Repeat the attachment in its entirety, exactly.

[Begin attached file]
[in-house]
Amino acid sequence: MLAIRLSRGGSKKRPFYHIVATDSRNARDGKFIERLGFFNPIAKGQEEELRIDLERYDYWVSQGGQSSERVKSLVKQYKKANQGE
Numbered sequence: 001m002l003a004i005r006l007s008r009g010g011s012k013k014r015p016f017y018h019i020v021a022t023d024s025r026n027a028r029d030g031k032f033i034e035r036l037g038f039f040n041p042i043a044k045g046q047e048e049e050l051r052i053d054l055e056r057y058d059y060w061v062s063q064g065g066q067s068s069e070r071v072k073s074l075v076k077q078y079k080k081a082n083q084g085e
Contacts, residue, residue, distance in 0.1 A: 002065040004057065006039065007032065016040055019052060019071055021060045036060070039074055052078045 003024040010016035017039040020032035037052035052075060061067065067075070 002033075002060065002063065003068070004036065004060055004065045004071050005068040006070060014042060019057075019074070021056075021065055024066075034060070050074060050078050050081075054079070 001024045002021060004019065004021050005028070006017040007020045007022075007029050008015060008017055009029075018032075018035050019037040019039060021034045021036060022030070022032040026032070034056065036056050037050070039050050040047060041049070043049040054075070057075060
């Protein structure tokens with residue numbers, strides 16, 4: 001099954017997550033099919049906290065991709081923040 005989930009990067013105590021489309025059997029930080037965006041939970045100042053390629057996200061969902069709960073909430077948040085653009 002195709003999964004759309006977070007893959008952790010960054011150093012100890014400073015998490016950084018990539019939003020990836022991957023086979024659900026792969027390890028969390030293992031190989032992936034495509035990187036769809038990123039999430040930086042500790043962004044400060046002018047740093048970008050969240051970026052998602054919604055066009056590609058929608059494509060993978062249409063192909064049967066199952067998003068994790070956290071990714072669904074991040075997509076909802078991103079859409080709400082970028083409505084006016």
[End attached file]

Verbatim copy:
[in-house]
Amino acid sequence: MLAIRLSRGGSKKRPFYHIVATDSRNARDGKFIERLGFFNPIAKGQEEELRIDLERYDYWVSQGGQSSERVKSLVKQYKKANQGE
Numbered sequence: 001m002l003a004i005r006l007s008r009g010g011s012k013k014r015p016f017y018h019i020v021a022t023d024s025r026n027a028r029d030g031k032f033i034e035r036l037g038f039f040n041p042i043a044k045g046q047e048e049e050l051r052i053d054l055e056r057y058d059y060w061v062s063q064g065g066q067s068s069e070r071v072k073s074l075v076k077q078y079k080k081a082n083q084g085e
Contacts, residue, residue, distance in 0.1 A: 002065040004057065006039065007032065016040055019052060019071055021060045036060070039074055052078045 003024040010016035017039040020032035037052035052075060061067065067075070 002033075002060065002063065003068070004036065004060055004065045004071050005068040006070060014042060019057075019074070021056075021065055024066075034060070050074060050078050050081075054079070 001024045002021060004019065004021050005028070006017040007020045007022075007029050008015060008017055009029075018032075018035050019037040019039060021034045021036060022030070022032040026032070034056065036056050037050070039050050040047060041049070043049040054075070057075060
């Protein structure tokens with residue numbers, strides 16, 4: 001099954017997550033099919049906290065991709081923040 005989930009990067013105590021489309025059997029930080037965006041939970045100042053390629057996200061969902069709960073909430077948040085653009 002195709003999964004759309006977070007893959008952790010960054011150093012100890014400073015998490016950084018990539019939003020990836022991957023086979024659900026792969027390890028969390030293992031190989032992936034495509035990187036769809038990123039999430040930086042500790043962004044400060046002018047740093048970008050969240051970026052998602054919604055066009056590609058929608059494509060993978062249409063192909064049967066199952067998003068994790070956290071990714072669904074991040075997509076909802078991103079859409080709400082970028083409505084006016």